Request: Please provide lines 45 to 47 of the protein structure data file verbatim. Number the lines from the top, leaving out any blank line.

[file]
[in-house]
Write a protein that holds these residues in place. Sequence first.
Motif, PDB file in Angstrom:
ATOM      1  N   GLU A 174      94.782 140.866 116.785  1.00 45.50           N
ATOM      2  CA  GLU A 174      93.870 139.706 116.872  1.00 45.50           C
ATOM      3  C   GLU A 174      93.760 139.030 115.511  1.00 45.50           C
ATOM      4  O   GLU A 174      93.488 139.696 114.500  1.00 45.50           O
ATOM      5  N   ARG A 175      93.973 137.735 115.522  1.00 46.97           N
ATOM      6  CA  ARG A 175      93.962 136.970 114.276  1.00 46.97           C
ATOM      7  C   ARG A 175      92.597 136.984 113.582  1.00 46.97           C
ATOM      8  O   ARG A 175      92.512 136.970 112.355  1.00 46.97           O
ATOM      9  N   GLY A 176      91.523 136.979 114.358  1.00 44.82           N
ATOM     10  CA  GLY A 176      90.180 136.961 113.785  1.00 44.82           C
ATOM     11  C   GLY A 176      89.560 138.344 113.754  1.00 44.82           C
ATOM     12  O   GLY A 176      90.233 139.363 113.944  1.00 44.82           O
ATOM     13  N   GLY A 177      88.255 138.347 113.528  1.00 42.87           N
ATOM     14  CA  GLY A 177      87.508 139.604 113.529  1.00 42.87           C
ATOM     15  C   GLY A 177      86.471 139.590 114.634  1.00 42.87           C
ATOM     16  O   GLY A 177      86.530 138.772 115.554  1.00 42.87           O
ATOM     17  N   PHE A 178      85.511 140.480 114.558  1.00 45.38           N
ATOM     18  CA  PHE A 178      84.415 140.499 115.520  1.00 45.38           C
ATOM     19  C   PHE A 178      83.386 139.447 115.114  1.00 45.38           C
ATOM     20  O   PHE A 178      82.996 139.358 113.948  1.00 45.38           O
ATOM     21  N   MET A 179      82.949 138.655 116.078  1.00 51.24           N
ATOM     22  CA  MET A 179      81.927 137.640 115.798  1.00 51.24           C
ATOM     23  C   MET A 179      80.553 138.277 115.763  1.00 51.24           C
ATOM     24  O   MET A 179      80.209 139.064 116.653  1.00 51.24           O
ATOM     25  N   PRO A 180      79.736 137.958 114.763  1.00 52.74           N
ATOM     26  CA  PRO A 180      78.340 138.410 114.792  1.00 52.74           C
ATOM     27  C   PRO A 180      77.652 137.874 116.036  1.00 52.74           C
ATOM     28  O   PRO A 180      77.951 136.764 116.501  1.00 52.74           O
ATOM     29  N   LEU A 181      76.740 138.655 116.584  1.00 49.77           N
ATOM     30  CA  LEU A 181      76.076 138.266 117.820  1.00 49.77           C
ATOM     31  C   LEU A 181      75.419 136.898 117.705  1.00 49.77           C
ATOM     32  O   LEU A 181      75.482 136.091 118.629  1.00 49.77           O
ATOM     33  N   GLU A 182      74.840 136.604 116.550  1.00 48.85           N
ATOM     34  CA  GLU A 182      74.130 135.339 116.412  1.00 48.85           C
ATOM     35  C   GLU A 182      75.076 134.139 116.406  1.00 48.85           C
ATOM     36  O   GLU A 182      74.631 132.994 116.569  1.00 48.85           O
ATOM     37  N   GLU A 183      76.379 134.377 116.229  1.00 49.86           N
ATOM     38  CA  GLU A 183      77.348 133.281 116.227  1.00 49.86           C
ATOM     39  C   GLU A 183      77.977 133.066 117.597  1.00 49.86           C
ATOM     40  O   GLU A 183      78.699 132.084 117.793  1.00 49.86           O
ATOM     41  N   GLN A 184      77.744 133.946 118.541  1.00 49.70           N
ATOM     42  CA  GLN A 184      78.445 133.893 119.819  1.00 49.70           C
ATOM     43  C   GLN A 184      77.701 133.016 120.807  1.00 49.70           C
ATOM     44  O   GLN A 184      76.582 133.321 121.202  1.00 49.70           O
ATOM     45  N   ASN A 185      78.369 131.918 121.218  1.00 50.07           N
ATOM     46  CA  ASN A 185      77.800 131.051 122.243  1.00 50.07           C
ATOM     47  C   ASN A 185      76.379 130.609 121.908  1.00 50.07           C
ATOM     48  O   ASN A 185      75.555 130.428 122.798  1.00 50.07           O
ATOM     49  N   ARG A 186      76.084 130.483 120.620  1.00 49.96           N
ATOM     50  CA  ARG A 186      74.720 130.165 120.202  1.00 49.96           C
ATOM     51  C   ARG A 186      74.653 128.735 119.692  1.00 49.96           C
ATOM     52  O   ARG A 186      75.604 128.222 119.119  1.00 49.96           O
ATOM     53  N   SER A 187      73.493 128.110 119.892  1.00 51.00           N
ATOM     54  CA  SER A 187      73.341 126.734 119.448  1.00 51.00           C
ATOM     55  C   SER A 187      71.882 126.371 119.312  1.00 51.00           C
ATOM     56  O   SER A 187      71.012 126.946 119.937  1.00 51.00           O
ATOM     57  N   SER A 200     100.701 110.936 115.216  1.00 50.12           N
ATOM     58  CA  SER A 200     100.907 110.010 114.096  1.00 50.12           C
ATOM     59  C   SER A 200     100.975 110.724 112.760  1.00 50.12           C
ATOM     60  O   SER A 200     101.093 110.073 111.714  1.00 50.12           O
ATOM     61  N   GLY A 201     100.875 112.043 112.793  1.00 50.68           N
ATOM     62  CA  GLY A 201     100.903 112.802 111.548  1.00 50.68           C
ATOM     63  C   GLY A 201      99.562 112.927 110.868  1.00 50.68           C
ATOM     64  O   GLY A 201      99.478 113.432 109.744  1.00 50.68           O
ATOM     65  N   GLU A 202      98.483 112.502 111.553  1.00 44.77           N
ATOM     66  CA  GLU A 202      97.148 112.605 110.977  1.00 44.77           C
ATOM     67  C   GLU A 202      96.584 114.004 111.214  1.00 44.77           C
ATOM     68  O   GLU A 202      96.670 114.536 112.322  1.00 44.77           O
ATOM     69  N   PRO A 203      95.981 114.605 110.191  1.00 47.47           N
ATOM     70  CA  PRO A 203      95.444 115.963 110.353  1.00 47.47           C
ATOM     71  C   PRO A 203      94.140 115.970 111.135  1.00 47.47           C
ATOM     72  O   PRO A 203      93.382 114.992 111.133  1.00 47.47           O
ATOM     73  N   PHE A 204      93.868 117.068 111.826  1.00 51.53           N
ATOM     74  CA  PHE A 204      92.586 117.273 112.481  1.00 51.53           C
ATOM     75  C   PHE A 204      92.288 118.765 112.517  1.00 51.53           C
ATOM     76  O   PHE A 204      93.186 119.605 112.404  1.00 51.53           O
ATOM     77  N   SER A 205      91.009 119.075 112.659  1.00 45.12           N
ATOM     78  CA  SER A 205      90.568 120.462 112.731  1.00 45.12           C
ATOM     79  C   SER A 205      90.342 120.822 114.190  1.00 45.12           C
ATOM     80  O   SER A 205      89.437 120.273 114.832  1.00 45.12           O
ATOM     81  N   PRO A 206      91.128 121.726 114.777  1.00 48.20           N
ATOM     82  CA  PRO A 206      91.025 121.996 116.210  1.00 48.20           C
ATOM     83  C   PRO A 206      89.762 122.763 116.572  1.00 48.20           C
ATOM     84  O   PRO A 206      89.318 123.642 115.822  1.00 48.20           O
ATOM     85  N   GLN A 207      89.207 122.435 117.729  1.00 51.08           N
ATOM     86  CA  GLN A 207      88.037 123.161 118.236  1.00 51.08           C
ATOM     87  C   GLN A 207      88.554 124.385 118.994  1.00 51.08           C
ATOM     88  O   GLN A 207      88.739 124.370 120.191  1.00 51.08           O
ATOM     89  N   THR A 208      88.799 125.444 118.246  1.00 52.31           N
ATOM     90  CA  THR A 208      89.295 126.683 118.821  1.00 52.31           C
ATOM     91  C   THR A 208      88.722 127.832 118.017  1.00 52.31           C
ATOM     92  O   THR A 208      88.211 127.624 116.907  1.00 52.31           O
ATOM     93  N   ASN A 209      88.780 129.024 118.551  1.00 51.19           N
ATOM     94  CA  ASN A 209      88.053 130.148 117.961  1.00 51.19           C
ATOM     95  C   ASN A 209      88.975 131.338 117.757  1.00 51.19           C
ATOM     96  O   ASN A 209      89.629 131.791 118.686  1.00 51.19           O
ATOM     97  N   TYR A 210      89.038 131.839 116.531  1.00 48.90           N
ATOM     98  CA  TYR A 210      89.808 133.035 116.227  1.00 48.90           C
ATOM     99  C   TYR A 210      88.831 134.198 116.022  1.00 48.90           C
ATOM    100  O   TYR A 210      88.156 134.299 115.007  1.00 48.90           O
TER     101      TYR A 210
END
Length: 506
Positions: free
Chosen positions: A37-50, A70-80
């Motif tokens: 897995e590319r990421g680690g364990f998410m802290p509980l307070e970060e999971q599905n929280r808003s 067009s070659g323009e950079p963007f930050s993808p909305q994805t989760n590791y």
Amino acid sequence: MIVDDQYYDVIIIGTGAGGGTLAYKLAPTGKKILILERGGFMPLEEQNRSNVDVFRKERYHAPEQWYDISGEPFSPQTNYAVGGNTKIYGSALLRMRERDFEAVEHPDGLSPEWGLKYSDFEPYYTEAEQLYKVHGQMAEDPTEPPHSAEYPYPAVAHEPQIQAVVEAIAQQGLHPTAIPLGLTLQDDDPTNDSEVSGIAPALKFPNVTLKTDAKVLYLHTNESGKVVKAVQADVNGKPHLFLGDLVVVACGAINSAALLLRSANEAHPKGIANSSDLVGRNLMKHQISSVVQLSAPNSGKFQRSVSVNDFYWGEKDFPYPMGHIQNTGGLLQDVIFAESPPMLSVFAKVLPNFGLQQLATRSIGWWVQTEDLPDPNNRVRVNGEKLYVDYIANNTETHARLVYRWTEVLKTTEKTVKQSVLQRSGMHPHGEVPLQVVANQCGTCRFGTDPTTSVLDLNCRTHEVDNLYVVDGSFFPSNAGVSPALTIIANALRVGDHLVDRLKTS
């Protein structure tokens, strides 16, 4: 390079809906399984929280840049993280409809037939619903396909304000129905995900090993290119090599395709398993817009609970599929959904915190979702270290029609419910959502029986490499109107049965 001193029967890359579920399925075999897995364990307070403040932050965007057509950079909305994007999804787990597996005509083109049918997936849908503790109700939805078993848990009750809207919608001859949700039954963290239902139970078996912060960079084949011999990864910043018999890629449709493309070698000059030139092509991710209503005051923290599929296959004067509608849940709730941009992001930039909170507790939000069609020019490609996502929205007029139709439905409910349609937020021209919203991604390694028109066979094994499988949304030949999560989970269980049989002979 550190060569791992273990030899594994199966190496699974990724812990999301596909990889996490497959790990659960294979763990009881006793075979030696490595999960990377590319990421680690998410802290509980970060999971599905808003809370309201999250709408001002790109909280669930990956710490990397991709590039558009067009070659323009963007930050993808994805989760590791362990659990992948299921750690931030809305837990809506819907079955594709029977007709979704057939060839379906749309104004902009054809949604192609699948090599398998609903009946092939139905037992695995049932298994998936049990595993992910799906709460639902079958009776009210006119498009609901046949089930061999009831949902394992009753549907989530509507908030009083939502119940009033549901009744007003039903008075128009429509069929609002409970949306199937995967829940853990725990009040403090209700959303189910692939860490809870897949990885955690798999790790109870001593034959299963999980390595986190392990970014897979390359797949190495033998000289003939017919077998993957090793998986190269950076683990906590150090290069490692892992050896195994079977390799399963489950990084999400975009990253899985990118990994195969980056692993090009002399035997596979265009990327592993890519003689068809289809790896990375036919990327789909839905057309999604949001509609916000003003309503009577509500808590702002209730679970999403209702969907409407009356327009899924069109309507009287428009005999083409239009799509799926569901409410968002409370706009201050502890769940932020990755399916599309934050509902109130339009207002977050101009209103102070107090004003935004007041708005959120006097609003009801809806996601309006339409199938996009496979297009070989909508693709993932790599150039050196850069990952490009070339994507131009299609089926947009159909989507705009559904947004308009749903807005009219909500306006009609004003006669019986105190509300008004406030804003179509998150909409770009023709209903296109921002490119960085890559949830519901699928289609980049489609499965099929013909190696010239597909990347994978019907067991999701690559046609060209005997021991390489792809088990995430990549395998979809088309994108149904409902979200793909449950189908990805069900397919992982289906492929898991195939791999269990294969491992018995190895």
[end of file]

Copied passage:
ATOM     42  CA  GLN A 184      78.445 133.893 119.819  1.00 49.70           C
ATOM     43  C   GLN A 184      77.701 133.016 120.807  1.00 49.70           C
ATOM     44  O   GLN A 184      76.582 133.321 121.202  1.00 49.70           O